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France

French press review 20 October 2017

media

The ongoing struggle between separatist Catalonia and the Spanish central government in Madrid continues to dominate the French front pages, with most commentators suggesting the conflict has now gone far enough. And four English pensioners enthralled a crowd of 40,000 French spectators in Paris last night.

Le Monde gives pride of place to the ongoing wrestling match between Madrid and Barcelona on the independence of Catalonia.

The Spanish government's deadline for clarification of the situation has passed. No satisfactory answer has been received, so Madrid is now planning to suspend the region's autonomy.

That suspension, which would require an absolute majority in the Spanish senate before it could be put into effect, would give Madrid control over Catalan education, health services, police and finances, currently administered by the region itself.

The Spanish ruling party has a majority in the Senate and has been assured of the support of the Socialist Party and centrists. But the procedure will take at least two weeks to put in place.

The separatists have responded by warning that any interference with their current autonomy will be followed by an immediate declaration of independence.

Right-wing Le Fiagro notes that the Spanish government is getting into deep waters by threathening to suspend Catalan autonomy, a move which has never been attempted since Spain's broadly decentralised consititution was inaugurated in 1978.

Since there's no precedent, it's hard to know what might happen next.

A game of chicken being played for high stakes

Left-leaning Libération says the two sides are playing chicken, each trying to bluff the other.

Libé says the strategy of Spanish Prime Minister Mariano Rajoy is a simple and determined insistence on a respect for the law. He wants the separatists to play by the rules laid down in the Spanish constitution. But Rajoy does not want to look like the leader of an oppressive state machine and so has allowed the Catalan separatists to get away with various illegal votes, including the referendum on independence. Which leaves him trapped in his own legal web: unless the Catalan leaders come out and say that they refuse to respect the Spanish constitution, then Rajoy has to continue to apply the relevant laws. That's why the government has had to move to withdraw Catalonia's autonomy, Libération argues.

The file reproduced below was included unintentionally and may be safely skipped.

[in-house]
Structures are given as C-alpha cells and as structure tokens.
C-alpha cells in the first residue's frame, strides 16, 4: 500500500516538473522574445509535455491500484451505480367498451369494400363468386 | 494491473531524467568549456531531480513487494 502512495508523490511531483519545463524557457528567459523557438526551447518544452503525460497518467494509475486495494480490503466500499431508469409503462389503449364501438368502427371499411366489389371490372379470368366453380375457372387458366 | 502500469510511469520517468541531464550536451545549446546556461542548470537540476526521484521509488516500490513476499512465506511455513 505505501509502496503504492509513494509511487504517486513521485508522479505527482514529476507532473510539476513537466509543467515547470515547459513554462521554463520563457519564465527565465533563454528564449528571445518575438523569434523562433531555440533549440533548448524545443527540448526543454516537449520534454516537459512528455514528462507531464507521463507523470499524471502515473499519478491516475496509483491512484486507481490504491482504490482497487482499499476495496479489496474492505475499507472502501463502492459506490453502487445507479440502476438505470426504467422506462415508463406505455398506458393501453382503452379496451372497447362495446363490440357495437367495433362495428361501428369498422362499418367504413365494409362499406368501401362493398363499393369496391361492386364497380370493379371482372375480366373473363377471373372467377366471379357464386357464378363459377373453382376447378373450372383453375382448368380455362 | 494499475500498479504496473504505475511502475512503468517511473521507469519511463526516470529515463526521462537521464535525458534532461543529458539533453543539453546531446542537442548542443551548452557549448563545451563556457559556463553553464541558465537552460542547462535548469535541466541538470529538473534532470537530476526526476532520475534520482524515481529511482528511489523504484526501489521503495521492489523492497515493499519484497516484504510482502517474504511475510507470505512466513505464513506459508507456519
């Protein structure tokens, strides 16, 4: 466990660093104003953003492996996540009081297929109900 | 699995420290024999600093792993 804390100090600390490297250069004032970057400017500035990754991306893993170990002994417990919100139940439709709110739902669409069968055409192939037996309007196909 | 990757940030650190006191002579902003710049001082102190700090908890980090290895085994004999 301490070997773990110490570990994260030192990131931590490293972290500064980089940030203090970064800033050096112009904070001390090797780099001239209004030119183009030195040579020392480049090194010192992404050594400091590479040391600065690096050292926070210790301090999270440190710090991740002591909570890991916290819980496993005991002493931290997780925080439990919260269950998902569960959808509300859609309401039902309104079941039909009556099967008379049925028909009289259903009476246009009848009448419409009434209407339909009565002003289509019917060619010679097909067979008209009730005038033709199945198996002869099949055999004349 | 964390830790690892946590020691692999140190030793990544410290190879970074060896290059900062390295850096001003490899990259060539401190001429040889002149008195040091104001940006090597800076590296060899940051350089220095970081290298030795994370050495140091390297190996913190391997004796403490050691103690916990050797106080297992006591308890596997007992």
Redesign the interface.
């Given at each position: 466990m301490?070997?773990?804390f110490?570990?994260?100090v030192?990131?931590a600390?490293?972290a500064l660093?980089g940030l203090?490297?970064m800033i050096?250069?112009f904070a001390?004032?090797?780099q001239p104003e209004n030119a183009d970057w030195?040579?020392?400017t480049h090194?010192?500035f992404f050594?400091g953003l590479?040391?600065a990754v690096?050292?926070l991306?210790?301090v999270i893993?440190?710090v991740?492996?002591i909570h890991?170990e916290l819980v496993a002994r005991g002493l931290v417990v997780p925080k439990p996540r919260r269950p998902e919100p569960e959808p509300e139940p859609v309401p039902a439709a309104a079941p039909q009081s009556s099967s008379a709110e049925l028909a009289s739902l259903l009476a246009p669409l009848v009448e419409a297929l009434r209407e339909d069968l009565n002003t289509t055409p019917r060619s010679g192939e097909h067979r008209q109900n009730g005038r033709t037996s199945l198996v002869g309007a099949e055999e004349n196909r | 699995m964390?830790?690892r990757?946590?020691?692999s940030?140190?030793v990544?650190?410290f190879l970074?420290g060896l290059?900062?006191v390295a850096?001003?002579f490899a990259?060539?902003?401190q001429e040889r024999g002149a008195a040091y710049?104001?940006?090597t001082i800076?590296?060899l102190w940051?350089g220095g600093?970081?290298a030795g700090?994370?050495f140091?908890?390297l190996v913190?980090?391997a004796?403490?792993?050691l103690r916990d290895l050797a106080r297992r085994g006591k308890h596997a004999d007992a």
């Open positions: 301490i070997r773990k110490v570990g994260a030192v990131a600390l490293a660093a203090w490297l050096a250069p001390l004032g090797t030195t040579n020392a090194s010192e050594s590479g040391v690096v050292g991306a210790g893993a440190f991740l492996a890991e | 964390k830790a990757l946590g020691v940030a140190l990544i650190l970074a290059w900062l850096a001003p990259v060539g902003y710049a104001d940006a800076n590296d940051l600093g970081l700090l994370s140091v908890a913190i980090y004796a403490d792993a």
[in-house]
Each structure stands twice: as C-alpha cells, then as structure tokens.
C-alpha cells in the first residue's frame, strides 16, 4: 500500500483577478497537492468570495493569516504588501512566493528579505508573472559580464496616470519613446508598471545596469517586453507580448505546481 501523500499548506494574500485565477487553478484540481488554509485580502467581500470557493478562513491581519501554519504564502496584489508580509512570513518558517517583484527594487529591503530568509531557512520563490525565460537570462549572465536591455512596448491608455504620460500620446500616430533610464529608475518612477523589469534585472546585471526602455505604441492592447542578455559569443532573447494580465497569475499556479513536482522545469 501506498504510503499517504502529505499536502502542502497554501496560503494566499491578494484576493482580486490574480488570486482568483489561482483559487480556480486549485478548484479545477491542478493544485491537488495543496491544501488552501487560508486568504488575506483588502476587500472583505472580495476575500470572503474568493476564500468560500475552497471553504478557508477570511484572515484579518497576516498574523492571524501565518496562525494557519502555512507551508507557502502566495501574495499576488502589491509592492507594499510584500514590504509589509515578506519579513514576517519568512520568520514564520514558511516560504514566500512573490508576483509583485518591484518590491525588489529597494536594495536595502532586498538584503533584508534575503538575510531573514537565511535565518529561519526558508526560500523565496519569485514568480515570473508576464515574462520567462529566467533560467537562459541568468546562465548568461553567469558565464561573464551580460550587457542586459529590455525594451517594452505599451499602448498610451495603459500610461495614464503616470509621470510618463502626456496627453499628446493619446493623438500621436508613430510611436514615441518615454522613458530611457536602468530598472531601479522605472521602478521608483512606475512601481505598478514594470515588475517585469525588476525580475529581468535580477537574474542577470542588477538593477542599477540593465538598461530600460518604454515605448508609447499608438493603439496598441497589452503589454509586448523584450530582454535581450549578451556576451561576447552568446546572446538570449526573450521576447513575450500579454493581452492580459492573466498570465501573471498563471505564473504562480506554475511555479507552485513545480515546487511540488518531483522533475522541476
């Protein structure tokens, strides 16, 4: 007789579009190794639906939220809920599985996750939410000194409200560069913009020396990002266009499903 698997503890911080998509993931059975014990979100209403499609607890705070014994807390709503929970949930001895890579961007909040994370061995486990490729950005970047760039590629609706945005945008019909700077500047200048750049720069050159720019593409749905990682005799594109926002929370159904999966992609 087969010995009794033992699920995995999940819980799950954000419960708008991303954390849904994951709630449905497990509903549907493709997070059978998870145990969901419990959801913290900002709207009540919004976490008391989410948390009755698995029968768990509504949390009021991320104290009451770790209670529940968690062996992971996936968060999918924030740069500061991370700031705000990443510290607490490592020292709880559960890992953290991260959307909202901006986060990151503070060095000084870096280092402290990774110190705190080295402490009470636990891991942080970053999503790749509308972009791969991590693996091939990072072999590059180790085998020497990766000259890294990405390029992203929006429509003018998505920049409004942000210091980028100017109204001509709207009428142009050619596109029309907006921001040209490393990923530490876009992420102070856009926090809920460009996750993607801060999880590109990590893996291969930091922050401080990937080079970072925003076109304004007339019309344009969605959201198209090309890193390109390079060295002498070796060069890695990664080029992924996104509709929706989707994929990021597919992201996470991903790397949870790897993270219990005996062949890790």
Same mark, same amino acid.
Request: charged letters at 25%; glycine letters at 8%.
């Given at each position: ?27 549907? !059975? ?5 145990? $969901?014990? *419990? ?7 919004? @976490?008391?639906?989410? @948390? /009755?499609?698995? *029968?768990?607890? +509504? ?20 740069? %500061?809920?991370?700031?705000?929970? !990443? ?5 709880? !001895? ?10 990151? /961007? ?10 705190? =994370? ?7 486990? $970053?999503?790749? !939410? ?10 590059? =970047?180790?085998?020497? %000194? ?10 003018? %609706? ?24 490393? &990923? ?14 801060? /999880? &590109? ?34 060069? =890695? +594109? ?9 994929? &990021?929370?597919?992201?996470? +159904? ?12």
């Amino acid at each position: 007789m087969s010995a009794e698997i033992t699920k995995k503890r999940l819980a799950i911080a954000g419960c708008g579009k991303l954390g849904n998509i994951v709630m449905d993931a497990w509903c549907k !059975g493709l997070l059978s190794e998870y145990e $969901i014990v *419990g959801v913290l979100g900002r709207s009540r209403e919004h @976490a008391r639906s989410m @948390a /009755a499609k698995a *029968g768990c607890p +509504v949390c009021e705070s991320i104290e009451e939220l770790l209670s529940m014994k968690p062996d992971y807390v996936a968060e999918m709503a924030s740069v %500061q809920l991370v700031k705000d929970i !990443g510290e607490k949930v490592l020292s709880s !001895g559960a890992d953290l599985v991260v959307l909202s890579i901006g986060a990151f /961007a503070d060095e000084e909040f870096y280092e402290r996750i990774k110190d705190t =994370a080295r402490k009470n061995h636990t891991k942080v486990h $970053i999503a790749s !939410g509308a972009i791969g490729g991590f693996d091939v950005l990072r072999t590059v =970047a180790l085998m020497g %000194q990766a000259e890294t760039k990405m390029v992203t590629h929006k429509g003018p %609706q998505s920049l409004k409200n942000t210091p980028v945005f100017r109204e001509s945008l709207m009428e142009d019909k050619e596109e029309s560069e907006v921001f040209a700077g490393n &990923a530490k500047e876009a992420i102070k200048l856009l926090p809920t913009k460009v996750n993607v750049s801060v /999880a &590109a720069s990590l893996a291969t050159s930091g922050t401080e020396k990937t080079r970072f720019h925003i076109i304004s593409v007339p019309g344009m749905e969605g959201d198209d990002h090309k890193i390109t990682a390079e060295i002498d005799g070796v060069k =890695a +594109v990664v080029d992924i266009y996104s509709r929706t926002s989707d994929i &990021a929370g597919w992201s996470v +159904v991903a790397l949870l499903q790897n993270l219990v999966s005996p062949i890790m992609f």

The Catalan leader Carles Puigdemont faces a different problem. He was elected on a promise of working for independence but he has to avoid any "treachery against the fatherland". His problem is to balance the energy and impatience of the 2.3 million Catalans who voted in the independence referendum earlier this month and the need to obey the law of a country from which he wishes to become independent.

A war of big weapons, without winners

Both Rajoy and Puigdemont have the political equivalent of an atomic bomb, says Libération: Rajoy the removal of autonomy; the Catalan leader a unilateral declaration of independence.

As in all atomic conflicts, there are likely to be few survivors and no winners.

Already the losers are lining up. Libé notes that 800 businesses, banks and energy consortia have already fled Catalonia. If it has been Spain's most dynamic region, it is also the most heavily indebted, currently owing Madrid 52 billion euros.

And the row is having a bad effect on overall growth, Spain's rate already showing a loss of about one third of a percent, or 13 billion euros.

Yesterday the Spanish economy minister was in catastrophic form, warning that what we have seen so far is only the thin end of the wedge.

Ancient Stones survive Paris concert

There are other things happening in the world.

The Rolling Stones played in Paris last night, 53 years after their first ever appearance in the French capital. None of the old guys keeled over and died on stage, quite an achievement when you add up the ages of Jagger, Richards, Watts and Wood - they have 293 years on their combined clocks and not all of those years were free of drink, drugs and other life-shortening experiences.

Le Monde describes Keith Richards as having a face mummified by wrinkles, a cigarette permanently blazing and a bandana to conceal the fact that he's practically bald. Despite all that he was, says Le Monde, in hilarious form. His guitar playing was often inspired, often plain bad. But the crowd loved it.

And I love Le Monde's bizarre description of metronomic drummer Charlie Watts as, "a sort of François Mitterrand with drum sticks." The French former president would probably have been amused, if puzzled.

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